Revisiting Cuba’s first political cartoon

The modernized version:


The original and a little history by Lauzán (my translation):

teatro tacon

The first Cuban political cartoon was born in 1848. It took place in the shadows; from the bathroom of the Tacón Theater. Before the performance started on that night, someone named Cirilo Villaverde began passing out flyers with a cartoon. The image was a cow with Cuba written on it being milked by the recently appointed governor General Federico Roncaly. To the left the previous governor, Leopoldo O’Donnell was walking away quite satisfied while other members of the colonial administration waited for their turn to milk the poor animal. The cartoon was well received by the public. To whoever asked him, Villaverde claimed he had found the flyers in the bathroom. He said he felt it would have been a shame to leave them in that humid place, so he passed them out to the joy of the audience.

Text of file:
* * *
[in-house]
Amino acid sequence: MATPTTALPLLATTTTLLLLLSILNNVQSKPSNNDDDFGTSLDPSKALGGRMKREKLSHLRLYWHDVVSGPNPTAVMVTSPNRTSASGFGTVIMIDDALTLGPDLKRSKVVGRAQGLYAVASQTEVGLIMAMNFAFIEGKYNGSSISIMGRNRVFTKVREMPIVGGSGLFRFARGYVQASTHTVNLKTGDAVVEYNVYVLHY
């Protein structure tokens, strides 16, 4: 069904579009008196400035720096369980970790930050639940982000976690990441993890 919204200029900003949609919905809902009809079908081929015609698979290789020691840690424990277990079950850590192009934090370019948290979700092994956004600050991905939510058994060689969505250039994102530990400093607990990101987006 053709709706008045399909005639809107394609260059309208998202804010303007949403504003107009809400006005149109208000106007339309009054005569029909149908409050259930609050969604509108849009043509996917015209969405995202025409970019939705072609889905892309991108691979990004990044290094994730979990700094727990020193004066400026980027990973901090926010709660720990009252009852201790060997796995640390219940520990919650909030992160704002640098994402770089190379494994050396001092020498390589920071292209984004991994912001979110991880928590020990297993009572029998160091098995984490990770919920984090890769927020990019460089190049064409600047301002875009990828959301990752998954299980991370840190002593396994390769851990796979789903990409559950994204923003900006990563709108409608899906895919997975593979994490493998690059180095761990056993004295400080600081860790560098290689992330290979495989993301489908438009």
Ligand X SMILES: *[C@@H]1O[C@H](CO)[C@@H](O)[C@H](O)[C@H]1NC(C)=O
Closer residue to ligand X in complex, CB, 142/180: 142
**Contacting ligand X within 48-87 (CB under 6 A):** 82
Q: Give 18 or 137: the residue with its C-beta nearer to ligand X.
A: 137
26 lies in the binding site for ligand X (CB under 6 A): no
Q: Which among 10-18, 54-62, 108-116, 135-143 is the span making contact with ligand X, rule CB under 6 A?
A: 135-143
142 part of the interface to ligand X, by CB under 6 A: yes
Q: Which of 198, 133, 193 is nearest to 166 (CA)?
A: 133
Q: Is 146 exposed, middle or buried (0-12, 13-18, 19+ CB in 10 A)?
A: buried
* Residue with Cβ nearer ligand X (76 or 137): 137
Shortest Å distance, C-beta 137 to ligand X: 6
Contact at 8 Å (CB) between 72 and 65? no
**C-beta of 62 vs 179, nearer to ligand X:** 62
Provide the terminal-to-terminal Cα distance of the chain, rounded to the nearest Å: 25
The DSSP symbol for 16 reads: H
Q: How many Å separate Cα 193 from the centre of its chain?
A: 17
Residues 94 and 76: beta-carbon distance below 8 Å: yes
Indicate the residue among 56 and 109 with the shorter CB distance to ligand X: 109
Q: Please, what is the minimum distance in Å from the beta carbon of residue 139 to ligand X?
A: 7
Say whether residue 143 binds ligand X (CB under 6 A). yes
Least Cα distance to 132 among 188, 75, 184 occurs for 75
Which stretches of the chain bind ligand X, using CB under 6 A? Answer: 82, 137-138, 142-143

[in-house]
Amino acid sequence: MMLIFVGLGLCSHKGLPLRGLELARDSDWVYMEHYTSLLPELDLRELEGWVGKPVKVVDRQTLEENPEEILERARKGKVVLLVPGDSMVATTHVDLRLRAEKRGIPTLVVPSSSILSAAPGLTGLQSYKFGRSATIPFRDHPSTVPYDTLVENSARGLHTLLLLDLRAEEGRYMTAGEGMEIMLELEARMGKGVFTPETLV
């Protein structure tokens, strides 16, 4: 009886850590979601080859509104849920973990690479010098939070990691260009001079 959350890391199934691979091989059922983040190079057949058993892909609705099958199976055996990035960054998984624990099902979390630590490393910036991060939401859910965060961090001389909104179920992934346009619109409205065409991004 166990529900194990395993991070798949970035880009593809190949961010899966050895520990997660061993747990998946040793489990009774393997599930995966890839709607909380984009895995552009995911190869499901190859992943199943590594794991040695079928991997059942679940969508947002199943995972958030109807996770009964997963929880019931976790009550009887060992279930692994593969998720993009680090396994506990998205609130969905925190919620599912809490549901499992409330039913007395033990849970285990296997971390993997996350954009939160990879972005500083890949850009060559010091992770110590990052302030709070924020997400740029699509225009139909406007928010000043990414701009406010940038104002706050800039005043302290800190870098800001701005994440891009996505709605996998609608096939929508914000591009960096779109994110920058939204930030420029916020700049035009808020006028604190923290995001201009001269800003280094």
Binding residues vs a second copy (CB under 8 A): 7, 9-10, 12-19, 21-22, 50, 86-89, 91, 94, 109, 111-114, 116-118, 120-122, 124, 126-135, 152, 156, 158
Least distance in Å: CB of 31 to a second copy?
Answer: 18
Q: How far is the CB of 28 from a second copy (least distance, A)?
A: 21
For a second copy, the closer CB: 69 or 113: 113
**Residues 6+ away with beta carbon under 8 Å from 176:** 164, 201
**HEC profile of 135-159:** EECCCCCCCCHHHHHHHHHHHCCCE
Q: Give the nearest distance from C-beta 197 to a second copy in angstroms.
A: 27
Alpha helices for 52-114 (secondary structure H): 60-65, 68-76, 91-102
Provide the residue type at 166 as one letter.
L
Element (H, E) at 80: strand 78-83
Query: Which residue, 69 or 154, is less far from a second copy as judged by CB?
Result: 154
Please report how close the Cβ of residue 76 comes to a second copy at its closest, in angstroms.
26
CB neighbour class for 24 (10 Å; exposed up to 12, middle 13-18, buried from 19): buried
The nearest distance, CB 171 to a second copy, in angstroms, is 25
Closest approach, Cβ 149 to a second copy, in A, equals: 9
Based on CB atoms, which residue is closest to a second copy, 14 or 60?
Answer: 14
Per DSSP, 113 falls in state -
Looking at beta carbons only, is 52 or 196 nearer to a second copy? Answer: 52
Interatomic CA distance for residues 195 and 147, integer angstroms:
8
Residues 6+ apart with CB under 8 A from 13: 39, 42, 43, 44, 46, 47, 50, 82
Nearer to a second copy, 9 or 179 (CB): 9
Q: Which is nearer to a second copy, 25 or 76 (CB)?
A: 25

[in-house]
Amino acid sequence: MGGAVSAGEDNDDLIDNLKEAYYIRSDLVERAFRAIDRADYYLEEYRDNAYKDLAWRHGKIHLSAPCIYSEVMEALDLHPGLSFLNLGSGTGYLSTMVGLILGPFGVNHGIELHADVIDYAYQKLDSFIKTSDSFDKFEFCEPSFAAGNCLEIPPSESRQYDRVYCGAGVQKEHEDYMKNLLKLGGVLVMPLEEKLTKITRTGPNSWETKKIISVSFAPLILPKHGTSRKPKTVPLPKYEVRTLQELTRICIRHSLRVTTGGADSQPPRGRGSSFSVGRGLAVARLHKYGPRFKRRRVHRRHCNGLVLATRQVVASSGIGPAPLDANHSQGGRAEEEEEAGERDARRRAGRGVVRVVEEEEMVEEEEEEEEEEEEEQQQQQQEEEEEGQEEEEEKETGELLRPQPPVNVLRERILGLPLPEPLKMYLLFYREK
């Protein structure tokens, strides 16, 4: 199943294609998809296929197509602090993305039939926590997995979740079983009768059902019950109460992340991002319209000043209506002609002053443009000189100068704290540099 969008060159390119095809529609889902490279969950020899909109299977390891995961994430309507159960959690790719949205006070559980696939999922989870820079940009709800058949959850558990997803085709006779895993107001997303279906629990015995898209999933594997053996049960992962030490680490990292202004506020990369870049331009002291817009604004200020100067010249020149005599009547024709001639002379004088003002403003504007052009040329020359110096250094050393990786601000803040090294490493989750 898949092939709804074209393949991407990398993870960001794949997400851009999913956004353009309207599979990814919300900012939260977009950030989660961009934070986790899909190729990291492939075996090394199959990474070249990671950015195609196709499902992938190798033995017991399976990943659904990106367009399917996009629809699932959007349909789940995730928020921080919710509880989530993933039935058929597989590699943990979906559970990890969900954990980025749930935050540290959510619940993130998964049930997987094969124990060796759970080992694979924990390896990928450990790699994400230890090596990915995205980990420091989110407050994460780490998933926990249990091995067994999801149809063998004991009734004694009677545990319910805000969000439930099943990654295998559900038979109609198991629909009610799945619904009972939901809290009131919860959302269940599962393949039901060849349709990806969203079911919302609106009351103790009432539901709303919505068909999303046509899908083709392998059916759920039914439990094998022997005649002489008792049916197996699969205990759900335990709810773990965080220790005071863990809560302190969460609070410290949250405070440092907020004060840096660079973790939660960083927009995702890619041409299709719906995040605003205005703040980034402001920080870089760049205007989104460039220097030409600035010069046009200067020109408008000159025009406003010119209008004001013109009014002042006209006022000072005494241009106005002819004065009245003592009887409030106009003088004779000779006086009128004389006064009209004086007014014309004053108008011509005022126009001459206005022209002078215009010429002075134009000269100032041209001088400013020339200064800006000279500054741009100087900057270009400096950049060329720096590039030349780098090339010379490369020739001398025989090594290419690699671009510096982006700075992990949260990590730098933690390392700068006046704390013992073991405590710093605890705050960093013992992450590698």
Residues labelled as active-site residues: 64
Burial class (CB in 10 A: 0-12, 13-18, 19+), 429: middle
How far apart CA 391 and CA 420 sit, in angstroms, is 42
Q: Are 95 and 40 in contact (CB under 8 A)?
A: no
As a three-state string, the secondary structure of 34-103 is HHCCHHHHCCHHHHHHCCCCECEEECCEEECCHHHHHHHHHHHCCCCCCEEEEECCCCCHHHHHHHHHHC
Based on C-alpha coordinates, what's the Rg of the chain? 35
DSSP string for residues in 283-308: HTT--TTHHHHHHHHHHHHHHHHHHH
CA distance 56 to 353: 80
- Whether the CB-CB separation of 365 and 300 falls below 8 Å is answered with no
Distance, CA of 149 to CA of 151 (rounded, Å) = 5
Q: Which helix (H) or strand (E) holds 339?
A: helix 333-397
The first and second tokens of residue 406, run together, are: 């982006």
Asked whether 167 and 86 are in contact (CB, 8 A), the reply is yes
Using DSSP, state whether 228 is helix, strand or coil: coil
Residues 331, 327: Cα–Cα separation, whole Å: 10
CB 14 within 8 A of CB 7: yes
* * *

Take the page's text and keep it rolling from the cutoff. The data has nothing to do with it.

Continue reading (in Spanish) HERE.

1 thought on “Revisiting Cuba’s first political cartoon”

  1. After Spain lost most of its empire during the first quarter of the 19th century, between two-thirds and three-fourths of its external revenues were generated by Cuba, which was the case until the end of Cuba’s colonial status. In other words, Cuba was a crucial cash cow for Mommy Dearest, who was very, very upset to lose her–it wasn’t just hurt pride, but a financial disaster, and Spain didn’t deal at all well with the loss. It never has, and there’s little sign it ever will–unless it’s left no other option but to “get over it,” or more to the point, given no further chance to exploit Cuba. That’s strictly up to Cubans, of course, many of whom are still childishly sentimental about the “mother country,” the nasty bitch.

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